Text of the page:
Christine's question for today's Scavenger Hunt post is:
What would you do if you could wave a magic wand and completely remove from the world, or at least from the English language, one each of the following;
A common written grammatical error
A single abbreviation
A homonym, in whole or part
A ‘mis-definable’ term (example if a tin-whistle is made of tin, then what is a foghorn made of? You probably even know the linguistic name for such a thing.)
Oh, how this Grammar Fascista wishes she had a Fairy Godmother to do just this sort of thing. Then she would not be reduced to yelling at the television and billboards in her frustration over The Decline and Fall of the English Language.
Colloquialism: "My bad." Oh, how I hate this phrase; I don't really know why. It's just icky. I forgive my buddy (I wish) Joss Whedon, who used it once on "Buffy." And I forgive Amy Heckerling, who popularized it in the first place by using it in the script for the otherwise terrific movie "Clueless."
Common Written Grammatical Error: My biggest pet peeve in this area is the misuse of the contraction 'it's.' 'It's' ALWAYS stands for 'it is,' NEVER for the third person possessive form of 'it.' Here's an easy way to remember: his, hers, its. No apostrophes to be found, right? Right. It's easy.
Abbreviation: This will only make sense to LDS/Mormons. We have four books of canonized scripture: The Holy Bible (we generally use the KJV in English), The Book of Mormon, The Doctrine & Covenants, and The Pearl of Great Price. The Doctrine & Covenants, which is a book of latter-day revelations from the Lord to Joseph Smith and other prophets of our church, is often abbreviated 'D&C.' I find this to be an unfortunate coincidence; therefore, I never use this abbreviation (except when taking notes) and I cringe when I hear it spoken.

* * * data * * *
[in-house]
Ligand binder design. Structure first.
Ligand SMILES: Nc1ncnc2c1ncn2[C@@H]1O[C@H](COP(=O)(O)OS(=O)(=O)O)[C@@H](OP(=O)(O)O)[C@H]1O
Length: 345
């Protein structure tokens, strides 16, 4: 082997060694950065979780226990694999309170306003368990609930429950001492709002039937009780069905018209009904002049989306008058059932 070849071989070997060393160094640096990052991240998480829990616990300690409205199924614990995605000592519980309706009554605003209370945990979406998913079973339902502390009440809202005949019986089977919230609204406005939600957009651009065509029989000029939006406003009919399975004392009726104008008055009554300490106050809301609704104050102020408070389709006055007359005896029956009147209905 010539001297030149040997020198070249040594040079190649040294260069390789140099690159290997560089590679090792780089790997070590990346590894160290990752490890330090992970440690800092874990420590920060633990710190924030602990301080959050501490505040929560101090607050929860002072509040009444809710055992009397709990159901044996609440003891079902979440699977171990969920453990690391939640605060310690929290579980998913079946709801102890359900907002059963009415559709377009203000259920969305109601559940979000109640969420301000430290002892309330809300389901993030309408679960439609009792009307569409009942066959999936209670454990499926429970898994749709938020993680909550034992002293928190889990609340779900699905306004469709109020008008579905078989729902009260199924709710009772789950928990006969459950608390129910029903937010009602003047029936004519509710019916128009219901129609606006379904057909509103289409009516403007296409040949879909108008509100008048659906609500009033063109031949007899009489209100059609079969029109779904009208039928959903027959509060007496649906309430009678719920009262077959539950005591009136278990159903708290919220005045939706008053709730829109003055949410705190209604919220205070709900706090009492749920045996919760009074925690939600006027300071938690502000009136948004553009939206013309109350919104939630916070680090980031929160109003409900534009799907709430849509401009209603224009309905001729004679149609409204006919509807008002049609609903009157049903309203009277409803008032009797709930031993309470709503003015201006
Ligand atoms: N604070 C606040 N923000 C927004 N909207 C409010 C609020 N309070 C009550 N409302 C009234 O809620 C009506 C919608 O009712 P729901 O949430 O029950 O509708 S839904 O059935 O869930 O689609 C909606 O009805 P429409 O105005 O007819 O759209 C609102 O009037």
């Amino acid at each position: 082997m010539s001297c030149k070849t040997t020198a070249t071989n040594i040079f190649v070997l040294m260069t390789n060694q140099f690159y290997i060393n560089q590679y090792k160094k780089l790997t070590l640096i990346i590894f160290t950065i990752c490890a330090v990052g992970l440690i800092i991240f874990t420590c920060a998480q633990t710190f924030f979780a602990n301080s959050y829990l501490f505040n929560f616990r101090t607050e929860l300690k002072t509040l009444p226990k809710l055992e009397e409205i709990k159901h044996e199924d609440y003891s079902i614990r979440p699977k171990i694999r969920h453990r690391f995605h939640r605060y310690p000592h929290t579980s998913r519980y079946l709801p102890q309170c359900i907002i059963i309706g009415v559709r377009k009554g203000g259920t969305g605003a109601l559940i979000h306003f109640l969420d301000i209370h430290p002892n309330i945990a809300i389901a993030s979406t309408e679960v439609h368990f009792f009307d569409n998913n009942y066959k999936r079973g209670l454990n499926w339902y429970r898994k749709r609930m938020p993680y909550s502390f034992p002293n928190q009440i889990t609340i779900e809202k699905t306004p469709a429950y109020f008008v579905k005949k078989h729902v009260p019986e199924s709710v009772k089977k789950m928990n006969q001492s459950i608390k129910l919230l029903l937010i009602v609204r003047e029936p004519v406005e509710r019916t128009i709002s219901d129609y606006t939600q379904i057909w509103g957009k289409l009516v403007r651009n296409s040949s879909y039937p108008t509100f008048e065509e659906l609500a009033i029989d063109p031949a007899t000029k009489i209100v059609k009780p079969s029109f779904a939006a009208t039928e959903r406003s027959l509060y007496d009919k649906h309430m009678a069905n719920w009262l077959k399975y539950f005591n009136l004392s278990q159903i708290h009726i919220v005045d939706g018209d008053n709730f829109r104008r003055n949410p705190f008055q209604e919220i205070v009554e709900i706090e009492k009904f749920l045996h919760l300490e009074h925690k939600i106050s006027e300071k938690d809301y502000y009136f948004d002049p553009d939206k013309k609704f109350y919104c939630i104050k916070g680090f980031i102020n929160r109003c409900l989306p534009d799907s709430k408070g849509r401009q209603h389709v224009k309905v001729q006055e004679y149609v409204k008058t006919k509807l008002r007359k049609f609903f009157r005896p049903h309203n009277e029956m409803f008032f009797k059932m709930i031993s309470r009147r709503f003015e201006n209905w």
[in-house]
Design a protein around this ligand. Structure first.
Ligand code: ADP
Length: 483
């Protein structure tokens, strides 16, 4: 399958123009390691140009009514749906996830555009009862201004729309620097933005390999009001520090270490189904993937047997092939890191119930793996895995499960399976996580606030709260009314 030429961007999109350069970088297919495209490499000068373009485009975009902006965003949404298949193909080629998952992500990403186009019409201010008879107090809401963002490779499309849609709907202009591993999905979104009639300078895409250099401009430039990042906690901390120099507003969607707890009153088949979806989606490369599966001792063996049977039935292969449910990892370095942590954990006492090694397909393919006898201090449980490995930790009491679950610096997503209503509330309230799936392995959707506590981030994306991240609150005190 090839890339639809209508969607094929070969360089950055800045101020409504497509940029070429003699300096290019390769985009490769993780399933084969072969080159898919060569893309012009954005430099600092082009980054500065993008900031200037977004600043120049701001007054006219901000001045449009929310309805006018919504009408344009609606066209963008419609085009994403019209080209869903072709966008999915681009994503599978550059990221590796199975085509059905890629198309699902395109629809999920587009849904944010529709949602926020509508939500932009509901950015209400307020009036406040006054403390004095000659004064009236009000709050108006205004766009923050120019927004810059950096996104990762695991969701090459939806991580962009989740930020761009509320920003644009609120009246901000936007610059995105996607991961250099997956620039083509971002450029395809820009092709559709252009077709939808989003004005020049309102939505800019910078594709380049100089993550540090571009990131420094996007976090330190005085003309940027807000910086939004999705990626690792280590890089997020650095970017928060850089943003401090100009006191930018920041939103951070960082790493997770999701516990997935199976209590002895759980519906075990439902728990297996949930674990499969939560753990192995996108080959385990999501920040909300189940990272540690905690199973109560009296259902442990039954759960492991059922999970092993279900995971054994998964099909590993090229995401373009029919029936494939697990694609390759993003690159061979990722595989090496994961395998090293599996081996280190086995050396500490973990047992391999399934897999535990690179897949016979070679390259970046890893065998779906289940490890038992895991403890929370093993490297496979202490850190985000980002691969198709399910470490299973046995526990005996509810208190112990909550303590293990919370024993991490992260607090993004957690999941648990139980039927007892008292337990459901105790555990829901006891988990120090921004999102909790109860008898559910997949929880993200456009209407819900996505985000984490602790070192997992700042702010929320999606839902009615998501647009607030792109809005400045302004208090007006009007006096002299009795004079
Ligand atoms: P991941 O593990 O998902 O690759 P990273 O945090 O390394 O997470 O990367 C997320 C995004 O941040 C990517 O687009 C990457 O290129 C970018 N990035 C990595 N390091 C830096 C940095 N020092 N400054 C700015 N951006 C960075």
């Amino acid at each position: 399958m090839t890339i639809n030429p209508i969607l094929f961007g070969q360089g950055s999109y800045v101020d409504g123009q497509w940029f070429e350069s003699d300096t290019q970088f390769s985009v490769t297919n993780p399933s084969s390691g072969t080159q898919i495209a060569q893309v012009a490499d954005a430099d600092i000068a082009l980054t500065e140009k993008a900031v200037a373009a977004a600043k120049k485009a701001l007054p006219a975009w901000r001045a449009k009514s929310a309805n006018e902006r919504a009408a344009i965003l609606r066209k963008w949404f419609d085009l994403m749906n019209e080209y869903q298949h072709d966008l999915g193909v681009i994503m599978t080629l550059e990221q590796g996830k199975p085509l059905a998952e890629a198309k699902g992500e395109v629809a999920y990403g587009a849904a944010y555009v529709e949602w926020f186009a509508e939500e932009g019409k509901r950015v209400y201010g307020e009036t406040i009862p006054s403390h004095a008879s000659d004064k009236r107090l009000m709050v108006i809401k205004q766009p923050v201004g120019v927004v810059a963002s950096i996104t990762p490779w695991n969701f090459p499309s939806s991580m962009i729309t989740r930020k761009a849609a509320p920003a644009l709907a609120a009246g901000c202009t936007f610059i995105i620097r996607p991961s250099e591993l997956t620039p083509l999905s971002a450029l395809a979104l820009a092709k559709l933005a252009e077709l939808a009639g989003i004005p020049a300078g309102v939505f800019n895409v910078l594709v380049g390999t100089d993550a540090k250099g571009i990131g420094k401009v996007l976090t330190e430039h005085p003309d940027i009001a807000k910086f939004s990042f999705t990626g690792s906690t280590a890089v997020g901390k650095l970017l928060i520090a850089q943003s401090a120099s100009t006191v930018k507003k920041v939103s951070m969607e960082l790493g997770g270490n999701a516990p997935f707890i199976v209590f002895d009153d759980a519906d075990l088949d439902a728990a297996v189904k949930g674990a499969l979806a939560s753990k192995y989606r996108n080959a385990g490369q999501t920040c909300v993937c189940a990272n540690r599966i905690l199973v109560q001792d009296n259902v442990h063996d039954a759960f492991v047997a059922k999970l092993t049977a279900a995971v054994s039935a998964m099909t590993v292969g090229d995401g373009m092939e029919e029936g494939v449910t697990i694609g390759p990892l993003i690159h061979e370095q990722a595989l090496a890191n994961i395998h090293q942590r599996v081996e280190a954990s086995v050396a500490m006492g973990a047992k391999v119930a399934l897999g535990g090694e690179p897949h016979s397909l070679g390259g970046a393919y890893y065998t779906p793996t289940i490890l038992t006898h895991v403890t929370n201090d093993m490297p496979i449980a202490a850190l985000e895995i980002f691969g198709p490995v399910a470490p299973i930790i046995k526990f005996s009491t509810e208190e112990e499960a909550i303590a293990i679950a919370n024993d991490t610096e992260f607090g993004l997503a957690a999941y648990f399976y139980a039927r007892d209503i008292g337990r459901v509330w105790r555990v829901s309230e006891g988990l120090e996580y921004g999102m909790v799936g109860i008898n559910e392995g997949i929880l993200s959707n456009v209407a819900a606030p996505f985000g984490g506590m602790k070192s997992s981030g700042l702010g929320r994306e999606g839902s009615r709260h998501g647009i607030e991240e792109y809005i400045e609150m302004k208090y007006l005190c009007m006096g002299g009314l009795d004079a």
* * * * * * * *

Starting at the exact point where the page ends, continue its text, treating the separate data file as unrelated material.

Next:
Homonym: I can't think of any I would eliminate. Could the fairy grant that everyone just get them straight from now on?
'Mis-definable term' (No, I don't know the linguistic term for this concept, Christine. Sorry to disappoint.): 'Clowning around' is supposed to be synonymous with 'fooling around,' but since clowns are EVIL and not at all funny (except in Springfield, where they are funny BECAUSE they are evil), I would prefer that this term never be used again.
Clap your hands if you believe in fairies, and maybe my wishes will come true!